Flushing (the OG location):
136-21 37th Avenue
Flushing, New York 11354
Open daily for lunch and dinner (closes at 11:00 p.m. Monday-Thursday and Sunday, and 12:00 a.m. on Friday and Saturdays)
24 W 56 Street
New York, New York 10019
(between 5 and 6 Avenue)
Open daily for lunch and dinner (closes at 3:00 p.m. for lunch and 10:30 p.m. for dinner on Monday through Fridays; opens as 12:00 p.m. and 1:00 p.m., and closes at 10:30 p.m. on Saturday and Sundays, respectively)
9 Pell Street
New York, New York 10013
Open daily for lunch and dinner (closes at 11:00 p.m.)
We made our annual pilgrimage to the soup dumpling Mecca… Joe’s Shanghai. Joe’s Shanghai was our first eats when we arrived in NYC. It has been on our minds since our last trip to NYC, which was two years ago. When we learned that Delta had cancelled our original departure time, I was completely devastated by the fact that we were not going to eat xiao long baos (Shanghai dumplings) that day; that we were going to have to wait until the following day to enjoy the dumplings. Why couldn’t we enjoy them when we arrived immediately to NYC you ask? Well, we didn’t get out of JFK airport until 12:00 a.m. Boo. But we did get a sweet deal from Delta for agreeing to postpone our trip a few hours later… $400 vouchers for each person, and fly first class to NYC. First class was really sweet. I could probably write a whole blog post about it. It was so great such that I was a little sad when we landed in NYC because I didn’t want to leave my seat or first class. But I’ll save this for another post. Let’s get back to the original point of this post…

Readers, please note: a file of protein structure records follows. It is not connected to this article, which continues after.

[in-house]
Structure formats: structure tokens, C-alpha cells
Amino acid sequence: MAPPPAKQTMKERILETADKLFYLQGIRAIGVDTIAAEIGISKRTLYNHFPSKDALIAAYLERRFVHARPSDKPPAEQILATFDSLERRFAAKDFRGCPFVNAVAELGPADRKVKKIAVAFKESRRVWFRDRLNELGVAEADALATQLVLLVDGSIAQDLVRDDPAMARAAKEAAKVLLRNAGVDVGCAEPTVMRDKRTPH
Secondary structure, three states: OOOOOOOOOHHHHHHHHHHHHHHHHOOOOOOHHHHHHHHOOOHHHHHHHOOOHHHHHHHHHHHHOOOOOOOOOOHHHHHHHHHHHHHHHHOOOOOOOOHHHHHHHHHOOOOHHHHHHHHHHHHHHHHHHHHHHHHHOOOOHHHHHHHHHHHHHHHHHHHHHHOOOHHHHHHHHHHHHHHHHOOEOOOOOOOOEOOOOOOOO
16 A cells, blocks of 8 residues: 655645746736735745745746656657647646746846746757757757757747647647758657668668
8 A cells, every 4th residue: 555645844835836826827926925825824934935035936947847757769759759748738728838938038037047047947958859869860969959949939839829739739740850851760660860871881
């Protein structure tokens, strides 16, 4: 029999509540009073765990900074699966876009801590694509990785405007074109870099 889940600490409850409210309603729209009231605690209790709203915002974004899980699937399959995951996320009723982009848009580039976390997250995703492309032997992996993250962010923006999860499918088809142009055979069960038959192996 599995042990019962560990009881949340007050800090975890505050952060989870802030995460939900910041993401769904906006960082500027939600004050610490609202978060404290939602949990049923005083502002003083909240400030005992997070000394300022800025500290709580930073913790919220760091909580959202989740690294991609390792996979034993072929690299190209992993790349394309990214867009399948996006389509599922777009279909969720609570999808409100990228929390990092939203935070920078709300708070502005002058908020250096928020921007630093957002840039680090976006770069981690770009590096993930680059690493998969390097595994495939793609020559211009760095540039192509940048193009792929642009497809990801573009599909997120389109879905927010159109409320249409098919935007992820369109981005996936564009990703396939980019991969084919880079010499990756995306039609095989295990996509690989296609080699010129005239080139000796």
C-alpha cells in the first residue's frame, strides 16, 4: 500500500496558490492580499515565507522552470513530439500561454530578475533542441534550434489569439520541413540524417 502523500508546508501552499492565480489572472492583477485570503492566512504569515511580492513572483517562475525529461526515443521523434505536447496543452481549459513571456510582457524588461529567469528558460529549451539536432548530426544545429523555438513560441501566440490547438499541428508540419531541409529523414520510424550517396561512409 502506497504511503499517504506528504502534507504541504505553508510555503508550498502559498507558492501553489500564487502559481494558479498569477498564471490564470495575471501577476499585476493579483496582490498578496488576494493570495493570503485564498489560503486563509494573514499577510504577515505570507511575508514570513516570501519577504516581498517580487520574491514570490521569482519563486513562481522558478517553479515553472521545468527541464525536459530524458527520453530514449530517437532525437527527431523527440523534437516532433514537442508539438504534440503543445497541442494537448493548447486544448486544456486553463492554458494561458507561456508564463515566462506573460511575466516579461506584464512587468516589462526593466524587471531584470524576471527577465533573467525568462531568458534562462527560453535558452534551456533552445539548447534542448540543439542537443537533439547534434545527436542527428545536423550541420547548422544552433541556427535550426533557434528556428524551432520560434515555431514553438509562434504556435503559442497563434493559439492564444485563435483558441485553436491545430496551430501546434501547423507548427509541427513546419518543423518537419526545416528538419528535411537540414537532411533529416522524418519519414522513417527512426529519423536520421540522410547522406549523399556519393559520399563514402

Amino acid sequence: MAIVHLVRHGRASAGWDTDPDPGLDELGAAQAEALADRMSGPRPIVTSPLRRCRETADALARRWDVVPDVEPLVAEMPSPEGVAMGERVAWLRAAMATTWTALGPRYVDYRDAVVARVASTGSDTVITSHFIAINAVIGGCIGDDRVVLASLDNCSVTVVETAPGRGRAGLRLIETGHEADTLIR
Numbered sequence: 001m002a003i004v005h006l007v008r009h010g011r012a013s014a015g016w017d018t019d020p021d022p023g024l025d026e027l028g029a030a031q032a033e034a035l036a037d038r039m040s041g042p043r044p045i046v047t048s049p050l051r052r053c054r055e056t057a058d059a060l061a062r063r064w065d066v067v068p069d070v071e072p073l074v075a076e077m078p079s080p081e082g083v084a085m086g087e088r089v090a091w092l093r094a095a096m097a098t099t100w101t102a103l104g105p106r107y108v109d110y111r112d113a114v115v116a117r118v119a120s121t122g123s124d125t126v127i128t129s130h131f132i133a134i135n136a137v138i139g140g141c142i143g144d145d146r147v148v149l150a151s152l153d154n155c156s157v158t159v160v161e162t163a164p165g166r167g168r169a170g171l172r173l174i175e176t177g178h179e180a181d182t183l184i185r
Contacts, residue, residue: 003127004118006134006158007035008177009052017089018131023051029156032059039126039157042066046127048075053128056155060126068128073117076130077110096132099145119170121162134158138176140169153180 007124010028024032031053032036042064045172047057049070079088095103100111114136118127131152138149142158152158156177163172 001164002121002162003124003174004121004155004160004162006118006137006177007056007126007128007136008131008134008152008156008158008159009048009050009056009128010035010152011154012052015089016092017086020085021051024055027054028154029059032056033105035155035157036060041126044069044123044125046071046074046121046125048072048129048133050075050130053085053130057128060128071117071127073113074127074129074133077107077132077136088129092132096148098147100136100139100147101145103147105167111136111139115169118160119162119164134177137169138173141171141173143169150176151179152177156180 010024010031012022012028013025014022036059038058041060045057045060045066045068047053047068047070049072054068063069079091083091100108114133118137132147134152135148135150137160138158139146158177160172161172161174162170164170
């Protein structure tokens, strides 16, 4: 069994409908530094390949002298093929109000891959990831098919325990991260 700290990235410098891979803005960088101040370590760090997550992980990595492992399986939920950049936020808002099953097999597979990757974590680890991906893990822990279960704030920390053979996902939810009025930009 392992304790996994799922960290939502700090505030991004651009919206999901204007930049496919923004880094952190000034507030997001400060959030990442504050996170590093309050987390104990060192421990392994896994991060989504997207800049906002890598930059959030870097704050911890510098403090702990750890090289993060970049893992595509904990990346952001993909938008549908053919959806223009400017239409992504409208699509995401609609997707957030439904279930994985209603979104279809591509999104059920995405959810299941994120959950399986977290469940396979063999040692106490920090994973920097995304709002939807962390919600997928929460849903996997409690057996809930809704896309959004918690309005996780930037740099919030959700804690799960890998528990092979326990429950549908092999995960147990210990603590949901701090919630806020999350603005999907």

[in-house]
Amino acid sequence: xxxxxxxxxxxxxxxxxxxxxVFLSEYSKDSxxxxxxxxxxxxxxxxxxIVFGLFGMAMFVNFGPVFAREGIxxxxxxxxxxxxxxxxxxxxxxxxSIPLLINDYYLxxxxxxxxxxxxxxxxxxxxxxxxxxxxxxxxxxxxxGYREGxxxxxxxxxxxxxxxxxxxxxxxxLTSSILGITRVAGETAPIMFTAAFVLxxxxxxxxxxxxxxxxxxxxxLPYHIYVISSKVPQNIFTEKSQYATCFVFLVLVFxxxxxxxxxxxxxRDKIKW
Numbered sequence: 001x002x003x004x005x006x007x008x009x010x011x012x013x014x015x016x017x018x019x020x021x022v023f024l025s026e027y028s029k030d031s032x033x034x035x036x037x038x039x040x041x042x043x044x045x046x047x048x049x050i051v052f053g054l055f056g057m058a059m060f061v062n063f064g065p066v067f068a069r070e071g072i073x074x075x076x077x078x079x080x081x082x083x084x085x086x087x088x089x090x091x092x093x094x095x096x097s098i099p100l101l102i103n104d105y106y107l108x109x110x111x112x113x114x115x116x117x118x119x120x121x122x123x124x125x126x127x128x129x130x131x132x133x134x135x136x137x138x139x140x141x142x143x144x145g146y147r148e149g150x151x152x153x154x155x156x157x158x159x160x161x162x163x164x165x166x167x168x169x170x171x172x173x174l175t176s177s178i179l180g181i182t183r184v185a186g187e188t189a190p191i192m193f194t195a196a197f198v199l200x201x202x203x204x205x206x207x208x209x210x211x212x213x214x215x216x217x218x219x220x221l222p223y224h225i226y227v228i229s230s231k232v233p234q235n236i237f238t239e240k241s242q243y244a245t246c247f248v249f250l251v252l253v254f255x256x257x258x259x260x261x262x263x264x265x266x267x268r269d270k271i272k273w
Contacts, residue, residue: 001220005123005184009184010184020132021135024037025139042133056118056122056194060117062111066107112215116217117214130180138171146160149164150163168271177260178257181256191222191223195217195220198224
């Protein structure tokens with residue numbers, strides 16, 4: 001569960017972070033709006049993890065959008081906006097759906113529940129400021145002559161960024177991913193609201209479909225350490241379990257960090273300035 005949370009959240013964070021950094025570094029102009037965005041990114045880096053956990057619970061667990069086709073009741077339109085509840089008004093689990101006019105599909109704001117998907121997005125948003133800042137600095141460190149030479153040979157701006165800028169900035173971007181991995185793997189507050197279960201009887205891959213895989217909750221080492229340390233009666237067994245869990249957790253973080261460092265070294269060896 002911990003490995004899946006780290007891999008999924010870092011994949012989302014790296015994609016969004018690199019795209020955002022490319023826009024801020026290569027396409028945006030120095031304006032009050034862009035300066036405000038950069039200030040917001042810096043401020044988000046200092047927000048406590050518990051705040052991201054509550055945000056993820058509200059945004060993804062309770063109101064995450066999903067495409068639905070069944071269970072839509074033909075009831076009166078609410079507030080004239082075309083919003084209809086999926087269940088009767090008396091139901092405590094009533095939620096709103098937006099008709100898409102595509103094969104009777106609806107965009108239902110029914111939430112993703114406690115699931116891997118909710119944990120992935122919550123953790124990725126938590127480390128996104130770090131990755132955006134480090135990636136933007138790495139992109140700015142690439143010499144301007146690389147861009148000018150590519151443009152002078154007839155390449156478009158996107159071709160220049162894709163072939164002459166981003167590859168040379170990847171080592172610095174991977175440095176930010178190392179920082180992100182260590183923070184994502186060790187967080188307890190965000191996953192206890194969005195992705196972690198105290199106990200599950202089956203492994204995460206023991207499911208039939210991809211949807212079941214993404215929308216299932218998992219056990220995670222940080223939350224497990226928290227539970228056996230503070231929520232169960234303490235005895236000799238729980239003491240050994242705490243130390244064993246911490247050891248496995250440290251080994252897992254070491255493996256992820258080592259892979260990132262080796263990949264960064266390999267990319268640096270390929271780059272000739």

We arrived to Joe’s Shanghai with a wait time as there were many patrons ahead of us. There was one day when we arrived a few minutes before 12 noon to find no lines, and very little people inside the restaurant. Yes. We ate here a few times during our trip to NYC this time around. In fact, we actually planned to eat xiao long baos everyday of our trip, but realized it would have been just a little too excess. But I digress. So tip #1… make sure you go into the restaurant to put your name and the number within your party down on their list. I would also suggest that you go in expecting a wait time especially depending on the size of your group. The wait time on our first day at Joe’s was less than 10 minutes. I think it’s quicker to get in if your party consists of two people.
So let’s get down to the nitty gritty… You don’t get your own individual tables. You share tables with other patrons, which I find extremely uncomfortable. Weird stares, people eavesdropping on your conversations, or vice versa. I try not to make eye contact, and feel uncompelled to hold a conversation. So I uncomfortably sit in silence. Oh well. Moving along… the place is a touristy trap. So be prepared. The service sucks. The waiters are rude and very inpatient. The first question the wait staff asks you is not what you would like to drink, but if you want to order Shanghai soup dumplings. The reason why they do this is because each basket of soup dumplings is made to order to guarantee freshness, which is awesomeness. But it’s a little hurried and overwhelming, especially if you come here blindly not knowing what to order. Tip #2… know exactly how many and what kinds of soup dumplings you plan on ordering. There are two kinds, the pork soup dumplings and the combo pork and crab soup dumplings. Both are fantastic! You can’t go wrong with either types you decide on.